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Aims of the Conference

It is undisputed that Neokantianism plays an important role for the development of the (German) academic philosophy and, especially, of the philosophy of science during a period of dynamic growth within the sciences in general. The Bochum conference will shed a fresh light on Neokantian philosophy encompassing an approximate time period between about 1865 and the First World War by emphasizing the following aspects:

• It will bring together experts for the history and philosophy of a broad range of disciplines. Therefore, not only the prominent examples of mathematics (with its revolutions in geometry, analysis and set theory) and physics (with its ‛theory boost’ in electrodynamics and thermodynamics) will be discussed, but also biology (with the Darwinian revolution and the rise of theoretical biology), psychology and anthropology (oscillating between sciences and humanities), chemistry (developing its own scientific shape), and the growing and society transforming technical sciences.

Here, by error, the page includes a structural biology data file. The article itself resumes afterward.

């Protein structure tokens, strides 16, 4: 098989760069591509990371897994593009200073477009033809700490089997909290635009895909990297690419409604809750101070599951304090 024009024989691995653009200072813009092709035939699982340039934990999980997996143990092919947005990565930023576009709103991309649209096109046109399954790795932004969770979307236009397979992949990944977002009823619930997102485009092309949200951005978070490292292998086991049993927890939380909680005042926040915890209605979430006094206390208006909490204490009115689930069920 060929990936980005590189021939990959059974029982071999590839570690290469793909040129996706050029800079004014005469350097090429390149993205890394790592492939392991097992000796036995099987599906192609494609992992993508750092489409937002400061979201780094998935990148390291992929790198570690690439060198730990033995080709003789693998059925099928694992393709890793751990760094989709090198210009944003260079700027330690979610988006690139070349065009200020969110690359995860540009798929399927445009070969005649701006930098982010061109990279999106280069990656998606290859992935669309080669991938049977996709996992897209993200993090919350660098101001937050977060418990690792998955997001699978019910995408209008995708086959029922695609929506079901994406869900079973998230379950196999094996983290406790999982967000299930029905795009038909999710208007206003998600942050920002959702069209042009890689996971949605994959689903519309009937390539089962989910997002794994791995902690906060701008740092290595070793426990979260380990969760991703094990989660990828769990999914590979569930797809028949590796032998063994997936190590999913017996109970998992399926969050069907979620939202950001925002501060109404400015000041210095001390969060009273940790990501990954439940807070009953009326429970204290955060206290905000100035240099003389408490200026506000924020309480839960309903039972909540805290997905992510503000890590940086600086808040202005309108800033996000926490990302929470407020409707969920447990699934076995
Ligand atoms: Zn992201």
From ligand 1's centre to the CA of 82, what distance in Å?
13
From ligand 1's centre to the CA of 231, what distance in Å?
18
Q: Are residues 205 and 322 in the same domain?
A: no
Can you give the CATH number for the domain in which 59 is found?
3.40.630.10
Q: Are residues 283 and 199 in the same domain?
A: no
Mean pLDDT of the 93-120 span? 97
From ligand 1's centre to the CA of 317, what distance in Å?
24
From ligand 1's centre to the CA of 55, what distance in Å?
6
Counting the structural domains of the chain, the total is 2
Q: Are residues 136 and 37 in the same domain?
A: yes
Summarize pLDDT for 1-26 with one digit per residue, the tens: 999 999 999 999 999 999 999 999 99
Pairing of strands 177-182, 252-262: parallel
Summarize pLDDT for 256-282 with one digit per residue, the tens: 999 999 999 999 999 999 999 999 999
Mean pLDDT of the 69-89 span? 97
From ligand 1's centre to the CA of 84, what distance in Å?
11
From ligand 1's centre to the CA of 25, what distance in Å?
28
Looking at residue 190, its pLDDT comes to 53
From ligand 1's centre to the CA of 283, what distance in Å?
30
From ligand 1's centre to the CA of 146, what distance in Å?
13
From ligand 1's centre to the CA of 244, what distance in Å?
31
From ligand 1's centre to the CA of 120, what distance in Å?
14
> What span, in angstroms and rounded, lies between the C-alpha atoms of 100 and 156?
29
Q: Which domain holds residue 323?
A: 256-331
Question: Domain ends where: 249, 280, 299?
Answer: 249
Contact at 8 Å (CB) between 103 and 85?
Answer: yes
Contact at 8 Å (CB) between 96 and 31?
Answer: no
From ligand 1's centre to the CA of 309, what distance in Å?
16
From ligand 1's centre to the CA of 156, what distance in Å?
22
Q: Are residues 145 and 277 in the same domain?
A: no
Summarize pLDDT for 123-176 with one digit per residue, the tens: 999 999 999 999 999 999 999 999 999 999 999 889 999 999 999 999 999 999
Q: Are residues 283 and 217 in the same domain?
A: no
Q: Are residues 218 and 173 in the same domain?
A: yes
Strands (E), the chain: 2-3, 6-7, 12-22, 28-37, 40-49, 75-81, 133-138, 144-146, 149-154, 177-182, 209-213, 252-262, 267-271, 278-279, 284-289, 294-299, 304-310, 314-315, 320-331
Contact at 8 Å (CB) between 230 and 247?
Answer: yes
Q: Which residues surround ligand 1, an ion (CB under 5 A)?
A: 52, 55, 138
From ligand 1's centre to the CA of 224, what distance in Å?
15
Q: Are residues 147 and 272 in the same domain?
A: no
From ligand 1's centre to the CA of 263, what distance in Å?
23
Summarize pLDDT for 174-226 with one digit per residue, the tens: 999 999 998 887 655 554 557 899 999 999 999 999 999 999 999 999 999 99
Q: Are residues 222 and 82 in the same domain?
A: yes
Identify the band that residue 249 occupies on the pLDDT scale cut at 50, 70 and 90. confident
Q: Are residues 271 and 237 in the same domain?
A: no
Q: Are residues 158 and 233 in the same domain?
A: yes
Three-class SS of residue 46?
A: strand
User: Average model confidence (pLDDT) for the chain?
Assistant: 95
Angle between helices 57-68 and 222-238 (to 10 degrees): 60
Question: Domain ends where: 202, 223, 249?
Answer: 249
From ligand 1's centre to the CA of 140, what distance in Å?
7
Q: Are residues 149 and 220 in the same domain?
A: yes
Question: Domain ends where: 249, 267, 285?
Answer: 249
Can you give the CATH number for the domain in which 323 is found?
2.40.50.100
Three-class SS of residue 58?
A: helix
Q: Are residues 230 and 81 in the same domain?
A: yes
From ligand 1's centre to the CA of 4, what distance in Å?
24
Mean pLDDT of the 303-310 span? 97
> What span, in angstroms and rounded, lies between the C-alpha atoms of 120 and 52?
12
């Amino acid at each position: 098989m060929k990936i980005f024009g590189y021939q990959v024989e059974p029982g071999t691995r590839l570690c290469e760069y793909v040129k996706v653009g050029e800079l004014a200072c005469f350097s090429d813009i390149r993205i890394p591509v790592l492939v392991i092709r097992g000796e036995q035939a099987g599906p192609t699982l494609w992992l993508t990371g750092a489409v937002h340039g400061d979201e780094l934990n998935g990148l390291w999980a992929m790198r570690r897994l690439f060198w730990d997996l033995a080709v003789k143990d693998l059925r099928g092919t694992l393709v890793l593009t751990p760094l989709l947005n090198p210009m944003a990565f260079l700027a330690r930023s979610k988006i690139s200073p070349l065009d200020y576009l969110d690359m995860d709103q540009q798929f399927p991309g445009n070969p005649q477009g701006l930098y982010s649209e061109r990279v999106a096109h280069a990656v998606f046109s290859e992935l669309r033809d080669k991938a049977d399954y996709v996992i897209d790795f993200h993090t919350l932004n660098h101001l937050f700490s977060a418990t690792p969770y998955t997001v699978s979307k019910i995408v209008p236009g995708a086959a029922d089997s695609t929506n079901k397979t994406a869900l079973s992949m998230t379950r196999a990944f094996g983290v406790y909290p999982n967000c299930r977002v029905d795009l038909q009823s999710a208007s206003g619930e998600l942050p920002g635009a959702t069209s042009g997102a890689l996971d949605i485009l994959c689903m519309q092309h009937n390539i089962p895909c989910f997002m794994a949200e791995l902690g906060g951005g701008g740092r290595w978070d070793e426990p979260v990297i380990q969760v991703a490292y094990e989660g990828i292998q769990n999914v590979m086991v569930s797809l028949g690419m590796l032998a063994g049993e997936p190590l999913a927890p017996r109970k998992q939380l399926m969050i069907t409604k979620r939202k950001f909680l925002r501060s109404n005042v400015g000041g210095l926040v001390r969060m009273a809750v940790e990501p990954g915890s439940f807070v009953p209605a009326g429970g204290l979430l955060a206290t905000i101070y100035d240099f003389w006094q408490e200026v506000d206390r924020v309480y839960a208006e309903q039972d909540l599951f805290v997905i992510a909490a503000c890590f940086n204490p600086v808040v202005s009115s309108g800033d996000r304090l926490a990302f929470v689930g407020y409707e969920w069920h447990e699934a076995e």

• It will enfold the interplay between philosophy and the sciences. It is, therefore, on the one hand, interested in the reaction of Neokantian philosophers on dramatic changes due to the scientific world view but, on the other hand, it is also interested in the reflection of scientists of that period on their philosophical basis and their reception of the then leading academic philosophy.

• It will work in the spirit of an ‛Integrated History and Philosophy of Science’. Therefore, it will entangle the question for an adequate historical picture of the philosophy and sciences of a certain period with systematic questions for their respective status and patterns of their mutual interplay.
One of the guiding questions will be whether a specific type of modernization takes place: a pluralisation of theories, combined with a growing skepticism against metaphysics, with the willingness to accept changing theories instead of fixed ‘systems’, hypotheses instead of ‘eternal’ laws, with an increasing tendency to integrate empirical and pragmatic approaches as well as historiographical reflections into philosophy of science. These seem to be characteristics of a general development in ‘advanced modernity’ which can perhaps also be applied to the formation of Neokantianism and its interaction with the sciences.

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